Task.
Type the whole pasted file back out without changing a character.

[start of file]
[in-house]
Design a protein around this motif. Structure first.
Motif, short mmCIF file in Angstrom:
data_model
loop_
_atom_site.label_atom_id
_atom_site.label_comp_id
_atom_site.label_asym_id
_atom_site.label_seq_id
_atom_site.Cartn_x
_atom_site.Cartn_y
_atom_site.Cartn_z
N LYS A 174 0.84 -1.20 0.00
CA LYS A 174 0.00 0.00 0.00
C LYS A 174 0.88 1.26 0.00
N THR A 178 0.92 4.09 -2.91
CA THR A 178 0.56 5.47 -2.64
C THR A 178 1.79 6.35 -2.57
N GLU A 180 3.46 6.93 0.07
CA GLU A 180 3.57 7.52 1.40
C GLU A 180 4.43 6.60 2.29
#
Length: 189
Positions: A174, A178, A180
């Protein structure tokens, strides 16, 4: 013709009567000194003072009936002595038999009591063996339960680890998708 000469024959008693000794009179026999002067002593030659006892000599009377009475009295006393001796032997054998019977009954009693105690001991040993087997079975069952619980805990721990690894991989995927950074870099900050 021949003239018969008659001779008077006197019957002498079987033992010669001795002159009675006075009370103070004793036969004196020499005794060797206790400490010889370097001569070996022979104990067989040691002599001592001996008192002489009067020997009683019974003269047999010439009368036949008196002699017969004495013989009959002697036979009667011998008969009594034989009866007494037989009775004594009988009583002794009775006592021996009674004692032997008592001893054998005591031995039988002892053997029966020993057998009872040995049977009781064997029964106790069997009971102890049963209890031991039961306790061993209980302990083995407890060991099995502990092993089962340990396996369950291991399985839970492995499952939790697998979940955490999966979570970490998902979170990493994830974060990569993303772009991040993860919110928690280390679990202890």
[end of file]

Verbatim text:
[in-house]
Design a protein around this motif. Structure first.
Motif, short mmCIF file in Angstrom:
data_model
loop_
_atom_site.label_atom_id
_atom_site.label_comp_id
_atom_site.label_asym_id
_atom_site.label_seq_id
_atom_site.Cartn_x
_atom_site.Cartn_y
_atom_site.Cartn_z
N LYS A 174 0.84 -1.20 0.00
CA LYS A 174 0.00 0.00 0.00
C LYS A 174 0.88 1.26 0.00
N THR A 178 0.92 4.09 -2.91
CA THR A 178 0.56 5.47 -2.64
C THR A 178 1.79 6.35 -2.57
N GLU A 180 3.46 6.93 0.07
CA GLU A 180 3.57 7.52 1.40
C GLU A 180 4.43 6.60 2.29
#
Length: 189
Positions: A174, A178, A180
């Protein structure tokens, strides 16, 4: 013709009567000194003072009936002595038999009591063996339960680890998708 000469024959008693000794009179026999002067002593030659006892000599009377009475009295006393001796032997054998019977009954009693105690001991040993087997079975069952619980805990721990690894991989995927950074870099900050 021949003239018969008659001779008077006197019957002498079987033992010669001795002159009675006075009370103070004793036969004196020499005794060797206790400490010889370097001569070996022979104990067989040691002599001592001996008192002489009067020997009683019974003269047999010439009368036949008196002699017969004495013989009959002697036979009667011998008969009594034989009866007494037989009775004594009988009583002794009775006592021996009674004692032997008592001893054998005591031995039988002892053997029966020993057998009872040995049977009781064997029964106790069997009971102890049963209890031991039961306790061993209980302990083995407890060991099995502990092993089962340990396996369950291991399985839970492995499952939790697998979940955490999966979570970490998902979170990493994830974060990569993303772009991040993860919110928690280390679990202890």